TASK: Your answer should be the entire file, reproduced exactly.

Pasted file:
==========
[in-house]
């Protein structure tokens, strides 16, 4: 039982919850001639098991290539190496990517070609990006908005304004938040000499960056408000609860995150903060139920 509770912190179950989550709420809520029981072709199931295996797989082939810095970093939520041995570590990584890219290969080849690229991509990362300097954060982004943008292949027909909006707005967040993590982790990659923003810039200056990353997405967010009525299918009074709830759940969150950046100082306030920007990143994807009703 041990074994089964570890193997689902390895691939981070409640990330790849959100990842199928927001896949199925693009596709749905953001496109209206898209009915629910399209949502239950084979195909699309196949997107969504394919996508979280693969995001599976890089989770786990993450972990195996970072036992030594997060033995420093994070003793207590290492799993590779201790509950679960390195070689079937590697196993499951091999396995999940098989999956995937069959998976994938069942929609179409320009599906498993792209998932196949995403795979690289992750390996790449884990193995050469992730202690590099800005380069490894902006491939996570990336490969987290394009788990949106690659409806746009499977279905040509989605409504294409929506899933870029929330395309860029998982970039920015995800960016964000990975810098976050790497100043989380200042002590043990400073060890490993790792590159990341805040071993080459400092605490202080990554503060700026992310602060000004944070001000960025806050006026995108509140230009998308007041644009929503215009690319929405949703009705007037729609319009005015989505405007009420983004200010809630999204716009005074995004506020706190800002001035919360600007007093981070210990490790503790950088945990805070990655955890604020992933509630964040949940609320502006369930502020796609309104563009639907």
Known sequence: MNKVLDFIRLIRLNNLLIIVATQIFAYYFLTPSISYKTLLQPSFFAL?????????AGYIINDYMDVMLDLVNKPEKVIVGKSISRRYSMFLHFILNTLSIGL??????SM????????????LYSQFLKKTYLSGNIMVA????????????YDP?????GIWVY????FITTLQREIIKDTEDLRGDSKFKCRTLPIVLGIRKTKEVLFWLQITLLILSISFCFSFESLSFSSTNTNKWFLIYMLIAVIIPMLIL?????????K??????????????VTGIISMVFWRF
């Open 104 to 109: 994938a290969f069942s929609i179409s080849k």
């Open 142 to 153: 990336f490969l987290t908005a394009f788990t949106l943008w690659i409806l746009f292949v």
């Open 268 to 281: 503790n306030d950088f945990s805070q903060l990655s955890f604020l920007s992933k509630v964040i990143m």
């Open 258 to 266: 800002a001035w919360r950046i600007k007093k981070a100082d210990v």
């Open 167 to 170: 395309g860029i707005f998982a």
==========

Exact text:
[in-house]
């Protein structure tokens, strides 16, 4: 039982919850001639098991290539190496990517070609990006908005304004938040000499960056408000609860995150903060139920 509770912190179950989550709420809520029981072709199931295996797989082939810095970093939520041995570590990584890219290969080849690229991509990362300097954060982004943008292949027909909006707005967040993590982790990659923003810039200056990353997405967010009525299918009074709830759940969150950046100082306030920007990143994807009703 041990074994089964570890193997689902390895691939981070409640990330790849959100990842199928927001896949199925693009596709749905953001496109209206898209009915629910399209949502239950084979195909699309196949997107969504394919996508979280693969995001599976890089989770786990993450972990195996970072036992030594997060033995420093994070003793207590290492799993590779201790509950679960390195070689079937590697196993499951091999396995999940098989999956995937069959998976994938069942929609179409320009599906498993792209998932196949995403795979690289992750390996790449884990193995050469992730202690590099800005380069490894902006491939996570990336490969987290394009788990949106690659409806746009499977279905040509989605409504294409929506899933870029929330395309860029998982970039920015995800960016964000990975810098976050790497100043989380200042002590043990400073060890490993790792590159990341805040071993080459400092605490202080990554503060700026992310602060000004944070001000960025806050006026995108509140230009998308007041644009929503215009690319929405949703009705007037729609319009005015989505405007009420983004200010809630999204716009005074995004506020706190800002001035919360600007007093981070210990490790503790950088945990805070990655955890604020992933509630964040949940609320502006369930502020796609309104563009639907």
Known sequence: MNKVLDFIRLIRLNNLLIIVATQIFAYYFLTPSISYKTLLQPSFFAL?????????AGYIINDYMDVMLDLVNKPEKVIVGKSISRRYSMFLHFILNTLSIGL??????SM????????????LYSQFLKKTYLSGNIMVA????????????YDP?????GIWVY????FITTLQREIIKDTEDLRGDSKFKCRTLPIVLGIRKTKEVLFWLQITLLILSISFCFSFESLSFSSTNTNKWFLIYMLIAVIIPMLIL?????????K??????????????VTGIISMVFWRF
């Open 104 to 109: 994938a290969f069942s929609i179409s080849k």
């Open 142 to 153: 990336f490969l987290t908005a394009f788990t949106l943008w690659i409806l746009f292949v």
């Open 268 to 281: 503790n306030d950088f945990s805070q903060l990655s955890f604020l920007s992933k509630v964040i990143m």
């Open 258 to 266: 800002a001035w919360r950046i600007k007093k981070a100082d210990v």
């Open 167 to 170: 395309g860029i707005f998982a």